I’m fairly certain Buzz Bovshow never thought he ever would be cast as Michael Jordan. Bovshow is a 55-year old TV, movie and theater actor with the requisite middle-aged paunch. Oh, he also is white.
Of course, if you saw the latest ESPN ad, you know the rest of the story. Bovshow didn’t play the Michael Jordan. Rather, his character, saddled with the burden of carrying the same name as the basketball legend, is an amazingly bland lump of a man, who couldn’t light up a room if you gave him a blow torch. (Judging by Bovshow’s picture and bio, I bet he’s a fun guy in real life, and what a great name.)
Bovshow also is an unlikely candidate to be an ESPN sensation, but he has gone viral in one of the network’s most celebrated ads in years. More than two million people have checked it out on YouTube since the 30-second commercial debuted on April 16. The spot depicts people disappointed at not meeting the Michael Jordan.
The ad, conceived by Wieden + Kennedy, also is hot on Twitter. It prompted this tweet from Michael B. Jordan, the actor who played Vince on Friday Night Lights:
Do u know how hard it was to grow up with the Greatest Basketball Player in the world’s name?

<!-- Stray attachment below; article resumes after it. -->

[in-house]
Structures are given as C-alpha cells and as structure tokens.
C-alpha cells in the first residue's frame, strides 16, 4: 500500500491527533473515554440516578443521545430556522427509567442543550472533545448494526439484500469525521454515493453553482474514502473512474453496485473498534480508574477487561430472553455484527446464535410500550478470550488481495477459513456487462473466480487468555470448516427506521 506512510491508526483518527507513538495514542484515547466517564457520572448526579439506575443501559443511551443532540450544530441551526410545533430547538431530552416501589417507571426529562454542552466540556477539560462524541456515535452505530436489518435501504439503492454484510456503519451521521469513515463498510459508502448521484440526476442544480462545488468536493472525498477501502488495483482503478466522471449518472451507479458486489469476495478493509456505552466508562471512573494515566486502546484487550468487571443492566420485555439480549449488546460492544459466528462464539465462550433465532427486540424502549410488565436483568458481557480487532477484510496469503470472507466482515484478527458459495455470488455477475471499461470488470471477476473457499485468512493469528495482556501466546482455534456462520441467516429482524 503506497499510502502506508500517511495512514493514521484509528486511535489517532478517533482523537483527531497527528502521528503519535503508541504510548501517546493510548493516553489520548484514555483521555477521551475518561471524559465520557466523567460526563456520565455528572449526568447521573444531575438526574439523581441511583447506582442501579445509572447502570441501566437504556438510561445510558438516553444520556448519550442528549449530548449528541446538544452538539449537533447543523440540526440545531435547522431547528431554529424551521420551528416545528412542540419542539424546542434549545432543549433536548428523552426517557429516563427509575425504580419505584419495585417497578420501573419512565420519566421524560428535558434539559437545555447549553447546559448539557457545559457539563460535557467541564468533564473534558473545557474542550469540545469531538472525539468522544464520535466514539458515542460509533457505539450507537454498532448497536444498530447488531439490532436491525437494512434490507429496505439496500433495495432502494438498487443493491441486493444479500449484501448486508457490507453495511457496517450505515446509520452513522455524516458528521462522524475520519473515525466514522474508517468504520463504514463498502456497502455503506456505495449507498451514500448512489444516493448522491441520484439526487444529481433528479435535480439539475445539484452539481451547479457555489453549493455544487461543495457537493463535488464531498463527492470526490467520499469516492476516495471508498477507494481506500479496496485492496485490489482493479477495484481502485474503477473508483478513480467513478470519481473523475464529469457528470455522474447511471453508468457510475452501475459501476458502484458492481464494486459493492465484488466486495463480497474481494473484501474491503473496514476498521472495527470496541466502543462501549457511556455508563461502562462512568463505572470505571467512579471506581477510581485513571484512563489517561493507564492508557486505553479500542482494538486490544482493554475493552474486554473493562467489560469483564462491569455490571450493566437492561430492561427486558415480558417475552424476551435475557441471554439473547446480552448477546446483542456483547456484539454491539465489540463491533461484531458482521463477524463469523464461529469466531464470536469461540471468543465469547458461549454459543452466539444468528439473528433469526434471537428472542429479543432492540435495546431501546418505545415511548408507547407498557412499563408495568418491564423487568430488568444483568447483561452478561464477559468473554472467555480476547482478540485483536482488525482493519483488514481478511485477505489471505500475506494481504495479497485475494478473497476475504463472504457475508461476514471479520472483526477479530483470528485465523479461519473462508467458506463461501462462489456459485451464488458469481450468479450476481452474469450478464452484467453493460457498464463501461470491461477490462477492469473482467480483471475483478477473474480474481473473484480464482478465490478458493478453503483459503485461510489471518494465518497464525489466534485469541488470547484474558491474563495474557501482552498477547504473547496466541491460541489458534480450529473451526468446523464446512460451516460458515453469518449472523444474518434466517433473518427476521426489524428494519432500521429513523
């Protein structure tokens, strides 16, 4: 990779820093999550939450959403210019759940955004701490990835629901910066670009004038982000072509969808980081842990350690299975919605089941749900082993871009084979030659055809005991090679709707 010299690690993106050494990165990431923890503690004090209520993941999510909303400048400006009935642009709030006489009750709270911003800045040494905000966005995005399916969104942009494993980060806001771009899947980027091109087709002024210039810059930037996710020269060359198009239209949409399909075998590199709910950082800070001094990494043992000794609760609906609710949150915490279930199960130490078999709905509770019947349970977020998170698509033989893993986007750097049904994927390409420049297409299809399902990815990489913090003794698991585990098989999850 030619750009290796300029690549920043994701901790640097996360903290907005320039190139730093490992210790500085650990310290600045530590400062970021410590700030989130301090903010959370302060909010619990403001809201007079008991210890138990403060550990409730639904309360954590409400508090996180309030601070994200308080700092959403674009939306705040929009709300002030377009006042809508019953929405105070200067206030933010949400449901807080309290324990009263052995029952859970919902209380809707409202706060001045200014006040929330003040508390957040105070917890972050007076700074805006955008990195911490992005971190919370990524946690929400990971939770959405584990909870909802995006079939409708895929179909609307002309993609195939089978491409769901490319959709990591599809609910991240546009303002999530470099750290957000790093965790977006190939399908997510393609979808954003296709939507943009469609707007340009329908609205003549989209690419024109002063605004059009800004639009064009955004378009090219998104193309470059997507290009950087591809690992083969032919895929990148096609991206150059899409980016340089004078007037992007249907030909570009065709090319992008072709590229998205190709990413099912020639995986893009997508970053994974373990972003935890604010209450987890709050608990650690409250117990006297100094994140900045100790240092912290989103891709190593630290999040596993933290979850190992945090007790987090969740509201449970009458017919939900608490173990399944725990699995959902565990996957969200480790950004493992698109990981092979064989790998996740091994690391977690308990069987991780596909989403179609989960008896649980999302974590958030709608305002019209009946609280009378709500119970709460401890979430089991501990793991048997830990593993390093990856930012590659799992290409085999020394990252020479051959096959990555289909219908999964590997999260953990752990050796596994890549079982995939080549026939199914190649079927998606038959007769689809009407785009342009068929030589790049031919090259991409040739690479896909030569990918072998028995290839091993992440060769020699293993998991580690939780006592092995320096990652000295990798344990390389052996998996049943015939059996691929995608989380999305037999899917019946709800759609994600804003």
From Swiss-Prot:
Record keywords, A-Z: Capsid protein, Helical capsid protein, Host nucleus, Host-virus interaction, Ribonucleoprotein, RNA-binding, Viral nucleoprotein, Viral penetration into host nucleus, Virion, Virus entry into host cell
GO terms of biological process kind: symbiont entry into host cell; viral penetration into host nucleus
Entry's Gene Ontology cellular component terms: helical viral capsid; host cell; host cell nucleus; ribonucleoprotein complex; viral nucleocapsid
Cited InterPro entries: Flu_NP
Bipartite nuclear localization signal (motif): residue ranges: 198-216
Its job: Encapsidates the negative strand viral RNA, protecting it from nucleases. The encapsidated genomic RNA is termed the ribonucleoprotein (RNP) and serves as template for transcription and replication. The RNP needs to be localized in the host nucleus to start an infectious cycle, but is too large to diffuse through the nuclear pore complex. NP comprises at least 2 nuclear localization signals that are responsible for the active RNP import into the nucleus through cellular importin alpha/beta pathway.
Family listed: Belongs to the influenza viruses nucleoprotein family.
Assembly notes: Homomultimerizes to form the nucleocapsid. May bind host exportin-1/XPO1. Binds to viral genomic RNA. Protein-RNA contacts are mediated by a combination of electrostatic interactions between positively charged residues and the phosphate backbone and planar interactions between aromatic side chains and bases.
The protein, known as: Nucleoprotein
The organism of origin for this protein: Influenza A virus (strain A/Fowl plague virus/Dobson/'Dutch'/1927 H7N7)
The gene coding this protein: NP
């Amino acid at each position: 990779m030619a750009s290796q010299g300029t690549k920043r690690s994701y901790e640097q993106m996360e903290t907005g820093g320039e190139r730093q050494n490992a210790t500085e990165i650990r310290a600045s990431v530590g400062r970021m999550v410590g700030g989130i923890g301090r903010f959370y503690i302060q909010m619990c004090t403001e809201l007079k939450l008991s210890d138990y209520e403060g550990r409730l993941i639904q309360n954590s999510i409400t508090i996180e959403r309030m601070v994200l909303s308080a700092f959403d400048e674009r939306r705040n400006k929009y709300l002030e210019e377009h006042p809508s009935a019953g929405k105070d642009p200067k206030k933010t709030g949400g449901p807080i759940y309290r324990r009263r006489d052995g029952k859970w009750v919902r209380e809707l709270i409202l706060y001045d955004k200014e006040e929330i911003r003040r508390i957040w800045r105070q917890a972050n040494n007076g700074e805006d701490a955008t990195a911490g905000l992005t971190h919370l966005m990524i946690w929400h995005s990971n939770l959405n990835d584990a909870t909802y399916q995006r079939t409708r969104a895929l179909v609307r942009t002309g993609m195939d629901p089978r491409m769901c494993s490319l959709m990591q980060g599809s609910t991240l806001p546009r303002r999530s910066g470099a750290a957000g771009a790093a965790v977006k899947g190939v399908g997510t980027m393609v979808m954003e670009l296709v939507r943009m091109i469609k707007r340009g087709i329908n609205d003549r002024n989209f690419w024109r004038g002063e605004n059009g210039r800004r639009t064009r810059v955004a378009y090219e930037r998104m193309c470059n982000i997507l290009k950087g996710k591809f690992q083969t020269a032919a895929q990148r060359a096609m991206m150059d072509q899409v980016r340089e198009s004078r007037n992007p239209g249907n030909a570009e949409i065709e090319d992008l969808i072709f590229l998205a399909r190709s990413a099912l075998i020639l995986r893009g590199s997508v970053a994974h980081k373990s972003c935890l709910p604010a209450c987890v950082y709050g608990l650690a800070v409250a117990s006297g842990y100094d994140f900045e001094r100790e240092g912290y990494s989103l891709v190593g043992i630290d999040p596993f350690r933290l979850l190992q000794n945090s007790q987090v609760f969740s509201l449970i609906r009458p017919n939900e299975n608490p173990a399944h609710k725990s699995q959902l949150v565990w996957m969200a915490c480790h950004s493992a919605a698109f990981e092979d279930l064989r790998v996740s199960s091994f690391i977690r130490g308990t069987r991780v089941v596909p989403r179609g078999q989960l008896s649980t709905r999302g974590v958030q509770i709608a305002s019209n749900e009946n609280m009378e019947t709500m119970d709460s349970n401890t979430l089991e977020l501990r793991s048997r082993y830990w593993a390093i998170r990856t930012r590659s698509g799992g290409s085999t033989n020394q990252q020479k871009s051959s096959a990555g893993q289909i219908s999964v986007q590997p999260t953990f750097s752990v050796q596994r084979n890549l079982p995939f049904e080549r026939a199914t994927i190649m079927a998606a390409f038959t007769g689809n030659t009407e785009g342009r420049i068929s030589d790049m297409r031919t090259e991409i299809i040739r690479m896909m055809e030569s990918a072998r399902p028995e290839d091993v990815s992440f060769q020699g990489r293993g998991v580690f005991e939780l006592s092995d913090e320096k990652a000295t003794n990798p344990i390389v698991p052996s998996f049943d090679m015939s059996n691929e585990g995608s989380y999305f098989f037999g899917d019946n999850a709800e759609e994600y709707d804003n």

Naturally, ESPN is overjoyed with the response.
“To get that many (YouTube views) in such a short time is remarkable.” said Chris Brush, who now is ESPN’s Sr VP of Affiliate Marketing, but was VP of Consumer Marketing while working on the Jordan commercial.
It speaks to the power of the ad, which runs as part of ESPN’s “It’s not crazy, It’s sports” campaign. Unlike those Super Bowl ads that try way, way too hard, the Jordan commercial is wonderfully understated and subtle. This is about split-second reactions from people who suddenly realize they aren’t going to have their once-in-a-lifetime encounter with MJ.
“I liked the first (scene) when he goes to the doctor’s office,” Brush said. “Those women are buried in their work when they hear, ‘Michael Jordan.’ They look up quickly, and for an instant, you can see they thought he was the real thing.”
We also can feel for the poor shlub. Bozshow’s Jordan acknowledges people’s reactions perfectly with a resigned shrug or nod. Nothing more needs to be said.
Brush said the point of the campaign is to show the intersection of sports and real life.
“Cities are defined by their sports legends,” Brush said. “In San Francisco, there’s only one Joe Montana. In Boston, there’s only one Ted Williams. And in Chicago, there’s definitely only one Michael Jordan. There isn’t room for another Michael Jordan. People can relate to this guy’s situation. They recognize the fun and irony of this idea.”
Brush said Jordan’s representatives knew of the ad in advance and they liked the finished product. Interestingly, Jordan never has appeared in an ESPN commercial.
Hey, how about a sequel? Perhaps showing a meeting between the two Jordans?
“We have no plans right now for a sequel,” Brush said. “But we love the reaction. We’re going to evaluate where the campaign goes and what the next idea is.”